GPRX 3000

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GPRX 3000 is an esoteric programming language invented by xfix in 2016 implemented on non-existent GPRX 3000 CPU with three arbitrary precision registers and no external memory support.


GPRX 3000 programs are ran from beginning to end. All three general purposes registers and program counter are initialized to zero at program start. CPU implements the following commands.

Command Description
+ Adds contents of register B to register A.
- Subtracts contents of register B from A, and assigns the result to A. Throws an exception if a result is negative, as GPRX 3000 CPU doesn't support negative integers.
* Multiplies contents of register A and B, and sets the result to A.
/ Divides contents of register A by B, and sets the result to A.
% Performs modulo operation of register A using B, and assigns the result to A.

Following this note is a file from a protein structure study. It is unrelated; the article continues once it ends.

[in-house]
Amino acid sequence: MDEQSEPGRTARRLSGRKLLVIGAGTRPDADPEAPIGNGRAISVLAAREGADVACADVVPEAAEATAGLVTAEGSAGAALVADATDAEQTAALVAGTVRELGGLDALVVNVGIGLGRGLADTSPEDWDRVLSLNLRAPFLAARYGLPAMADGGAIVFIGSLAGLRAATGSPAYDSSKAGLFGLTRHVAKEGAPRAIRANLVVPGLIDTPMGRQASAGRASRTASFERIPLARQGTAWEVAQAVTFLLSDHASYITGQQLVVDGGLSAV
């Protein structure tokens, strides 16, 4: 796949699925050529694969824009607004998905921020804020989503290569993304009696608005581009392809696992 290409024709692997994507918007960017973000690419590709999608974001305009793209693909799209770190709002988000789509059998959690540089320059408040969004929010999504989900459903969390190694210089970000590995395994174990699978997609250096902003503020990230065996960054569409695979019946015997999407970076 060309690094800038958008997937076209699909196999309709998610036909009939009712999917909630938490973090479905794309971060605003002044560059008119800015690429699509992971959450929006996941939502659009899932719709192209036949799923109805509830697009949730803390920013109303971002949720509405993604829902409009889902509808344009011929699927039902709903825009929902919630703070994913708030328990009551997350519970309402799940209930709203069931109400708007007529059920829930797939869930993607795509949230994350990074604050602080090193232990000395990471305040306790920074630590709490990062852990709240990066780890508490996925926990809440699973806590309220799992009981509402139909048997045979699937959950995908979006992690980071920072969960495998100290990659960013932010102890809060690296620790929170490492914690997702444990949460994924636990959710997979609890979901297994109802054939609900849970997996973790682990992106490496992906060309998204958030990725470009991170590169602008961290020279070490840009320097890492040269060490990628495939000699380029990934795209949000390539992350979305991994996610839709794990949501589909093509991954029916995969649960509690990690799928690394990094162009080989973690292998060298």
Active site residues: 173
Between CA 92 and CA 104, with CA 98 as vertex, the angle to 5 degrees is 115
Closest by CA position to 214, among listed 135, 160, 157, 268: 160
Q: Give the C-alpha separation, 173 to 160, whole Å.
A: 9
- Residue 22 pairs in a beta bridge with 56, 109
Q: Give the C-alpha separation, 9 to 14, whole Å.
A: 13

g Sets the program counter to contents of register A. This instruction doesn't cause program counter to increment after a jump. Throws an exception if program counter would be outside of program.
p Sends a current byte from register A to I/O port, which on emulator means standard output.
r Reads a byte from I/O port, increments it by 1, and sets it to register A. On error, 0 is returned. On emulator reading means reading from standard input.
x Sets register A to be register C, register B to be register A, register C to be register B.

Additionally, you can type in decimals in order to assign them to register A.

All other characters including whitespace throw an exception when executed, due to programs being supposed to be ran on CPU (subject to change).


Those programs assume themselves ending with a newline, as language throws an exception when GOTO instruction goes beyond the end of a program.

Hello, world!




Computational class

GPRX 3000 is Turing-complete as it can emulate an iterated Collatz function.

For a function given by

f(mx+i) = aix + bi, i=0..m-1,

at program position X, put the code


and at program positions Di+Y, i=0..m-1, put


for a remainder that continues or


for a remainder that halts.

X is the entry point of the loop, Z where it should jump when halting, and D and Y may be chosen as whatever makes the parts fit into the program.

External resources